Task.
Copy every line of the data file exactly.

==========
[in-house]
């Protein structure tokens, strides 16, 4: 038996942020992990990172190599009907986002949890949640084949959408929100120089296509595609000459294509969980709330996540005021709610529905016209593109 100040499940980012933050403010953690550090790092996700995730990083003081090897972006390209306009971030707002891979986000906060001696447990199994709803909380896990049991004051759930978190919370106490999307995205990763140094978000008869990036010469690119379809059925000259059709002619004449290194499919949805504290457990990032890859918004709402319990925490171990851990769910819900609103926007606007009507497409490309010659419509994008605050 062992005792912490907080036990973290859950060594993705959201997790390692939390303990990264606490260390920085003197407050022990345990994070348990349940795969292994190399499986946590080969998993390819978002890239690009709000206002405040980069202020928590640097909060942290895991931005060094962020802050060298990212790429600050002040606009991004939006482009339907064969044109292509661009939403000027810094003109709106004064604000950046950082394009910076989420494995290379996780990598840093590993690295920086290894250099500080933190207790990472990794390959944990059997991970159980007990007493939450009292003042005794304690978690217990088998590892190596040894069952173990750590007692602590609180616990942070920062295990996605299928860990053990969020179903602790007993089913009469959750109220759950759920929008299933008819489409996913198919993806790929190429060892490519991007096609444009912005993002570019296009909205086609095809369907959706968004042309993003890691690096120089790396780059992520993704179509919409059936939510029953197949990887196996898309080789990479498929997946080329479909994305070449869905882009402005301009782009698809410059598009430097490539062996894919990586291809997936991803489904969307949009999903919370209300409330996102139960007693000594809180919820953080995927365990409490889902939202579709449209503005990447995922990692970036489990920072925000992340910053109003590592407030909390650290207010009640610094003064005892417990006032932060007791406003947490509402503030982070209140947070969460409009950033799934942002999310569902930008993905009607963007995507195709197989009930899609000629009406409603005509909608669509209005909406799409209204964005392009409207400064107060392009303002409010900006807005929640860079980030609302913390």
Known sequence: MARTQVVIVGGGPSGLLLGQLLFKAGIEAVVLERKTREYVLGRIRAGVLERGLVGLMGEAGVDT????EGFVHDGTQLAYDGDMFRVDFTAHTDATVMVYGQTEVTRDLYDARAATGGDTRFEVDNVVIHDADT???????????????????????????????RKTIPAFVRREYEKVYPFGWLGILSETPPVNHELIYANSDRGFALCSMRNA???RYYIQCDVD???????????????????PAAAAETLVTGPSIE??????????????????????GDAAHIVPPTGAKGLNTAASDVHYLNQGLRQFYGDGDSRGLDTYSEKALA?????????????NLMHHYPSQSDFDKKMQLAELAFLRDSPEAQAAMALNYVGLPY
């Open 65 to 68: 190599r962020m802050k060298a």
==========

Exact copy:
[in-house]
């Protein structure tokens, strides 16, 4: 038996942020992990990172190599009907986002949890949640084949959408929100120089296509595609000459294509969980709330996540005021709610529905016209593109 100040499940980012933050403010953690550090790092996700995730990083003081090897972006390209306009971030707002891979986000906060001696447990199994709803909380896990049991004051759930978190919370106490999307995205990763140094978000008869990036010469690119379809059925000259059709002619004449290194499919949805504290457990990032890859918004709402319990925490171990851990769910819900609103926007606007009507497409490309010659419509994008605050 062992005792912490907080036990973290859950060594993705959201997790390692939390303990990264606490260390920085003197407050022990345990994070348990349940795969292994190399499986946590080969998993390819978002890239690009709000206002405040980069202020928590640097909060942290895991931005060094962020802050060298990212790429600050002040606009991004939006482009339907064969044109292509661009939403000027810094003109709106004064604000950046950082394009910076989420494995290379996780990598840093590993690295920086290894250099500080933190207790990472990794390959944990059997991970159980007990007493939450009292003042005794304690978690217990088998590892190596040894069952173990750590007692602590609180616990942070920062295990996605299928860990053990969020179903602790007993089913009469959750109220759950759920929008299933008819489409996913198919993806790929190429060892490519991007096609444009912005993002570019296009909205086609095809369907959706968004042309993003890691690096120089790396780059992520993704179509919409059936939510029953197949990887196996898309080789990479498929997946080329479909994305070449869905882009402005301009782009698809410059598009430097490539062996894919990586291809997936991803489904969307949009999903919370209300409330996102139960007693000594809180919820953080995927365990409490889902939202579709449209503005990447995922990692970036489990920072925000992340910053109003590592407030909390650290207010009640610094003064005892417990006032932060007791406003947490509402503030982070209140947070969460409009950033799934942002999310569902930008993905009607963007995507195709197989009930899609000629009406409603005509909608669509209005909406799409209204964005392009409207400064107060392009303002409010900006807005929640860079980030609302913390």
Known sequence: MARTQVVIVGGGPSGLLLGQLLFKAGIEAVVLERKTREYVLGRIRAGVLERGLVGLMGEAGVDT????EGFVHDGTQLAYDGDMFRVDFTAHTDATVMVYGQTEVTRDLYDARAATGGDTRFEVDNVVIHDADT???????????????????????????????RKTIPAFVRREYEKVYPFGWLGILSETPPVNHELIYANSDRGFALCSMRNA???RYYIQCDVD???????????????????PAAAAETLVTGPSIE??????????????????????GDAAHIVPPTGAKGLNTAASDVHYLNQGLRQFYGDGDSRGLDTYSEKALA?????????????NLMHHYPSQSDFDKKMQLAELAFLRDSPEAQAAMALNYVGLPY
């Open 65 to 68: 190599r962020m802050k060298a």